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Please recommend a board in LA area
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windsurfsocal



Joined: 06 Oct 2015
Posts: 4

PostPosted: Sun Aug 02, 2009 2:39 am    Post subject: Please recommend a board in LA area Reply with quote

Hey, Guys, thank you in advance for your advice.

I am a beginner windsurfer, and did about 6 sessions of windsurfing last year. That was all my experiences. Now that I am moving out of my apartment to a house, with plenty of storage space, my first thought was, wow, I can finally buy some gears I wanted so long without being yielded by my wife for storing stuff in the living room....
Anyways, I plan to buy a set of windsurf rig to seriously begin to learn windsurfing. Now I need some of you guys' advice on the board choice. In LA's condition, which board do you guys recommend to a beginner to learn on? I prefer a board which can learn on, and can still be enjoyed when I progress to the intermediate level. I heard Starboard Go is a good choice. And starboard Rio. So for conditions here, which one do you guys recommend if I have to choose between these 2? Or any other choices? My budget would be below 1300$. As for whether go freeride or wave, I have not decided yet. Most possible I'll go freeride. I am not the super crazy kind of guy planning doing those fancy wave tricks. Being able to enjoy the speed and have some real fun is my goal.

Thanks again!
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*Matt*



Joined: 19 Mar 2008
Posts: 67

PostPosted: Sun Aug 02, 2009 9:42 am    Post subject: Reply with quote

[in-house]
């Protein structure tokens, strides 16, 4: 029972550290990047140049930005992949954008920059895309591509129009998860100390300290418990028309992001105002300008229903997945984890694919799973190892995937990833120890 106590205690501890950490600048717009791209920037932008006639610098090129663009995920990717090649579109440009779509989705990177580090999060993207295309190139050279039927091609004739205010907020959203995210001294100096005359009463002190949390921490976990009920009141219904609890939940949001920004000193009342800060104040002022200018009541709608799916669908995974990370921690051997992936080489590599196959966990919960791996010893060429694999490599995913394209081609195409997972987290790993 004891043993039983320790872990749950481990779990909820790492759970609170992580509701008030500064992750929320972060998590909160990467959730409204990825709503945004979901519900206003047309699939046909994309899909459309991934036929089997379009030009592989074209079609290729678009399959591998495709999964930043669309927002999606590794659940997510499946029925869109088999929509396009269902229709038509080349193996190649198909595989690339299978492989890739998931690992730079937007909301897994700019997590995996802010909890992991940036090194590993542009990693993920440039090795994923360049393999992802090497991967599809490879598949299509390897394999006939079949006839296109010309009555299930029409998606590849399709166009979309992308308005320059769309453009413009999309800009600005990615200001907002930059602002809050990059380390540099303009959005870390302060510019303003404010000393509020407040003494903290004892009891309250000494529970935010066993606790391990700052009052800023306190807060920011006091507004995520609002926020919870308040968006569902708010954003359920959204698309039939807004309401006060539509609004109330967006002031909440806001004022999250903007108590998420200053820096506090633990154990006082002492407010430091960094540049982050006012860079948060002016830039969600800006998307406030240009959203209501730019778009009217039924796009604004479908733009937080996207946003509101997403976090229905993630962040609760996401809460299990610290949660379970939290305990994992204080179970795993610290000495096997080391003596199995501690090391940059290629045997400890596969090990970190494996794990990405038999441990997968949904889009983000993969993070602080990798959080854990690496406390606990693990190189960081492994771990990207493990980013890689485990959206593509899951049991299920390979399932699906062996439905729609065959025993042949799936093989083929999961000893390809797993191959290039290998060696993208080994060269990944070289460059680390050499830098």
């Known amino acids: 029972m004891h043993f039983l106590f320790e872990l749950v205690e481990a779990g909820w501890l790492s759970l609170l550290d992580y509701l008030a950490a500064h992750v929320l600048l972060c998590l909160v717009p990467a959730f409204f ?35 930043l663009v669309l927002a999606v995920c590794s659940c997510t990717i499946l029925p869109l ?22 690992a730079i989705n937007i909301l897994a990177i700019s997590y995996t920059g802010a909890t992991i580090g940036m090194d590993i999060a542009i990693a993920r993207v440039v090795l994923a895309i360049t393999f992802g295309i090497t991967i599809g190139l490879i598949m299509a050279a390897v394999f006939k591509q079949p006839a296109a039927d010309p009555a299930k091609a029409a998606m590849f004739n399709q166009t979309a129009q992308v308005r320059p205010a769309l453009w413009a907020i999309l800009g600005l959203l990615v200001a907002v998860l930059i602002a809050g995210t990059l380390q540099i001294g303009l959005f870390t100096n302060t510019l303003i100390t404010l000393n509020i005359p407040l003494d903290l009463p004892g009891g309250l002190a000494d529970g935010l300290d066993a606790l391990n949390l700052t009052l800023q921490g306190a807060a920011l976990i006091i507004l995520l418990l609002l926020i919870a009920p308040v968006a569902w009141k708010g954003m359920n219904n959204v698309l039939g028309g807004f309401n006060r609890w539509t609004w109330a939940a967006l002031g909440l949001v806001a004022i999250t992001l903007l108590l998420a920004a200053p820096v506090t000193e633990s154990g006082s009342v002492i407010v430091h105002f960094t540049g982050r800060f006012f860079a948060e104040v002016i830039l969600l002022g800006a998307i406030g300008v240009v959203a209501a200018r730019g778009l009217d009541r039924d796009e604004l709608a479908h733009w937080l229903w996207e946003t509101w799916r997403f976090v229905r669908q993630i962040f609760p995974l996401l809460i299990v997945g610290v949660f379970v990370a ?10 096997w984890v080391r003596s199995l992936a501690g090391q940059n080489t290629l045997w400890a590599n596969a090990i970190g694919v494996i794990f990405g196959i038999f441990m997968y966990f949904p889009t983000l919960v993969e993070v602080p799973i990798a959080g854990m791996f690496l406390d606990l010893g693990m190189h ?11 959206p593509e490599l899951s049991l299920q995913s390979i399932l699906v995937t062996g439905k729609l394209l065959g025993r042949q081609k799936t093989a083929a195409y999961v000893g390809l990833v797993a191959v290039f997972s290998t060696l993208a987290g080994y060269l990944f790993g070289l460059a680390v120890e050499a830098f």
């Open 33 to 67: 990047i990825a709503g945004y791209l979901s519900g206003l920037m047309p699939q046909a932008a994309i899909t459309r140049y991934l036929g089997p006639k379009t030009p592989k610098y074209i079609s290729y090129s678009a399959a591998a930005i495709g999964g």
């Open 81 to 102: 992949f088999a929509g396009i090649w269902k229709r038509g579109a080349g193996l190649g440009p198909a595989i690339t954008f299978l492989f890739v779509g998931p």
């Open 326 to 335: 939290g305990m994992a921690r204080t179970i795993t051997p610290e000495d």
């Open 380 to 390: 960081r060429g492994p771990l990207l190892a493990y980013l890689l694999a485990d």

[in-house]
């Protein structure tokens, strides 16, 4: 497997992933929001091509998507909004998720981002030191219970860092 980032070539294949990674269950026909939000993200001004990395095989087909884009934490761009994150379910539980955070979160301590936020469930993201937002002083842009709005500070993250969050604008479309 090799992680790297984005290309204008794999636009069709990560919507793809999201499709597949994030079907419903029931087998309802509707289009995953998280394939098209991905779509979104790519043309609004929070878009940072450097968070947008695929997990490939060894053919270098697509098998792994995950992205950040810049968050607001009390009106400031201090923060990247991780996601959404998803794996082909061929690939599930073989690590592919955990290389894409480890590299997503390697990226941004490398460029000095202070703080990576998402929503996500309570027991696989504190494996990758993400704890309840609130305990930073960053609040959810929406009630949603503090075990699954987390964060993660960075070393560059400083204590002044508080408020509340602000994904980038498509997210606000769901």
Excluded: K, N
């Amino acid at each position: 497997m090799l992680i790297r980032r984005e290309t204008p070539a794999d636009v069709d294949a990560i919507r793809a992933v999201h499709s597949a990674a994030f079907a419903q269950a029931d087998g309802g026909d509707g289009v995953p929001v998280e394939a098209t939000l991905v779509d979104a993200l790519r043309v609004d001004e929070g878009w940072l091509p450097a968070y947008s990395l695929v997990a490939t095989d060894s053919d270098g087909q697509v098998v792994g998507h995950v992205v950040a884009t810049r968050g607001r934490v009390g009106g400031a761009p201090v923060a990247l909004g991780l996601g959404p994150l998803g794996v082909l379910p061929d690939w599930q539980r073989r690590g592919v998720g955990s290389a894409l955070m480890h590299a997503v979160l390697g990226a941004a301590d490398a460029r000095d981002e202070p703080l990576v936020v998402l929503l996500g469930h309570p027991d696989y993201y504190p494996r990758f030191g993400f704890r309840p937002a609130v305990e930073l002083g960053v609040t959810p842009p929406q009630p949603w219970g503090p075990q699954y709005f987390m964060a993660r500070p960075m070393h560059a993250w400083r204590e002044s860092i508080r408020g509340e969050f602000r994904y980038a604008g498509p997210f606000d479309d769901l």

How much do you weigh?

I sail in LA as well and am in my second year of sailing. I made a big mistake going too aggressive (133L) too soon. If I had to do it again, I would go with the Starboard Rio M (or any board less than 5 years old in the 200+ Liter range with a daggerboard). It is a great sailing board (my wife has it), but heavy for carrying around.

I ended up learning on a 160L short-board, but often wonder how much better I would be now if I had started out on a board with a daggerboard. 160L is probably the right step down after you master the 200L, which takes longer than you might think. You really need to master free-riding (tacking, jibing, water-starting) before you can even think about wave-sailing.

At 180lbs, I sail a 6.5m 80% of the time here. This may be a bit too big to learn on in afternoon winds. Let us know your weight so we can help you with the sail.


Last edited by *Matt* on Sun Aug 02, 2009 10:21 am; edited 1 time in total
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isobars



Joined: 12 Dec 1999
Posts: 20712

PostPosted: Sun Aug 02, 2009 10:12 am    Post subject: Re: Please recommend a board in LA area Reply with quote

windsurfsocal wrote:
I can finally buy some gears I wanted so long without being yielded by my wife for storing stuff in the living room.


Um, I think that's "gelded". Wink

Mike \m/
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d0uglass



Joined: 28 May 2004
Posts: 1285
Location: Bonita Springs, Florida

PostPosted: Sun Aug 02, 2009 12:42 pm    Post subject: Reply with quote

Good advice from Matt about a big board with a daggerboard. Rio looks great. Welcome to the best sport in the world!

I have a page of beginner / intermediate windsurfing advice and FAQs on board and sail choice, etc, here:

http://jimbodouglass.blogspot.com/2008/02/top-16-windsurfing-questions-answered.html
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windsurfsocal



Joined: 06 Oct 2015
Posts: 4

PostPosted: Sun Aug 02, 2009 1:25 pm    Post subject: Reply with quote

I weight about 165 lb. Thanks.
*Matt* wrote:
How much do you weigh?

I sail in LA as well and am in my second year of sailing. I made a big mistake going too aggressive (133L) too soon. If I had to do it again, I would go with the Starboard Rio M (or any board less than 5 years old in the 200+ Liter range with a daggerboard). It is a great sailing board (my wife has it), but heavy for carrying around.

I ended up learning on a 160L short-board, but often wonder how much better I would be now if I had started out on a board with a daggerboard. 160L is probably the right step down after you master the 200L, which takes longer than you might think. You really need to master free-riding (tacking, jibing, water-starting) before you can even think about wave-sailing.